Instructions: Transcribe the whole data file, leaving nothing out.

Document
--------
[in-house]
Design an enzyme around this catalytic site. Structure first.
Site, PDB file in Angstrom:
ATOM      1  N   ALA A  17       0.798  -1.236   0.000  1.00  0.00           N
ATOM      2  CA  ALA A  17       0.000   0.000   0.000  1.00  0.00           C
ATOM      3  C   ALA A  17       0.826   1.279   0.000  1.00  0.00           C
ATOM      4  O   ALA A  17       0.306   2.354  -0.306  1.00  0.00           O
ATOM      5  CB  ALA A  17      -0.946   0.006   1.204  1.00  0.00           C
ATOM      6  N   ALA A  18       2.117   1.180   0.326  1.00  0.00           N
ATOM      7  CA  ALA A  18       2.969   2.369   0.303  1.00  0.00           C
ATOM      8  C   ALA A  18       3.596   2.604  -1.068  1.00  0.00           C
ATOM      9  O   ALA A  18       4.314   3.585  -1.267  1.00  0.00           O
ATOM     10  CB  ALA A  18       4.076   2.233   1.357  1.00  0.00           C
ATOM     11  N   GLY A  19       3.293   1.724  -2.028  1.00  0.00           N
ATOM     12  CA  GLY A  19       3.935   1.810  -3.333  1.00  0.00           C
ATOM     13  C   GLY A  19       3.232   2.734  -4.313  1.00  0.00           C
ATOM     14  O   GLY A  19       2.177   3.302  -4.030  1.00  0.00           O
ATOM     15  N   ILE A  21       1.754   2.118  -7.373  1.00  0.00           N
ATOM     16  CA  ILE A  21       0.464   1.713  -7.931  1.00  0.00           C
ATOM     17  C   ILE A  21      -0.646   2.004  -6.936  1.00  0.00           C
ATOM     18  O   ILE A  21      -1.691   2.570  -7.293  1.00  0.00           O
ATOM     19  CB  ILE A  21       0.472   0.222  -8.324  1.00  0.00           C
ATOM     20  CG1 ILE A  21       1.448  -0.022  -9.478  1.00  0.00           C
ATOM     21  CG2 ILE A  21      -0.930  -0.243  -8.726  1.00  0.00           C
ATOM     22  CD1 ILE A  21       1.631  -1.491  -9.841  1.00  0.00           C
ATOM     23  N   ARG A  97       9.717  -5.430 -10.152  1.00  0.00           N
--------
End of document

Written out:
[in-house]
Design an enzyme around this catalytic site. Structure first.
Site, PDB file in Angstrom:
ATOM      1  N   ALA A  17       0.798  -1.236   0.000  1.00  0.00           N
ATOM      2  CA  ALA A  17       0.000   0.000   0.000  1.00  0.00           C
ATOM      3  C   ALA A  17       0.826   1.279   0.000  1.00  0.00           C
ATOM      4  O   ALA A  17       0.306   2.354  -0.306  1.00  0.00           O
ATOM      5  CB  ALA A  17      -0.946   0.006   1.204  1.00  0.00           C
ATOM      6  N   ALA A  18       2.117   1.180   0.326  1.00  0.00           N
ATOM      7  CA  ALA A  18       2.969   2.369   0.303  1.00  0.00           C
ATOM      8  C   ALA A  18       3.596   2.604  -1.068  1.00  0.00           C
ATOM      9  O   ALA A  18       4.314   3.585  -1.267  1.00  0.00           O
ATOM     10  CB  ALA A  18       4.076   2.233   1.357  1.00  0.00           C
ATOM     11  N   GLY A  19       3.293   1.724  -2.028  1.00  0.00           N
ATOM     12  CA  GLY A  19       3.935   1.810  -3.333  1.00  0.00           C
ATOM     13  C   GLY A  19       3.232   2.734  -4.313  1.00  0.00           C
ATOM     14  O   GLY A  19       2.177   3.302  -4.030  1.00  0.00           O
ATOM     15  N   ILE A  21       1.754   2.118  -7.373  1.00  0.00           N
ATOM     16  CA  ILE A  21       0.464   1.713  -7.931  1.00  0.00           C
ATOM     17  C   ILE A  21      -0.646   2.004  -6.936  1.00  0.00           C
ATOM     18  O   ILE A  21      -1.691   2.570  -7.293  1.00  0.00           O
ATOM     19  CB  ILE A  21       0.472   0.222  -8.324  1.00  0.00           C
ATOM     20  CG1 ILE A  21       1.448  -0.022  -9.478  1.00  0.00           C
ATOM     21  CG2 ILE A  21      -0.930  -0.243  -8.726  1.00  0.00           C
ATOM     22  CD1 ILE A  21       1.631  -1.491  -9.841  1.00  0.00           C
ATOM     23  N   ARG A  97       9.717  -5.430 -10.152  1.00  0.00           N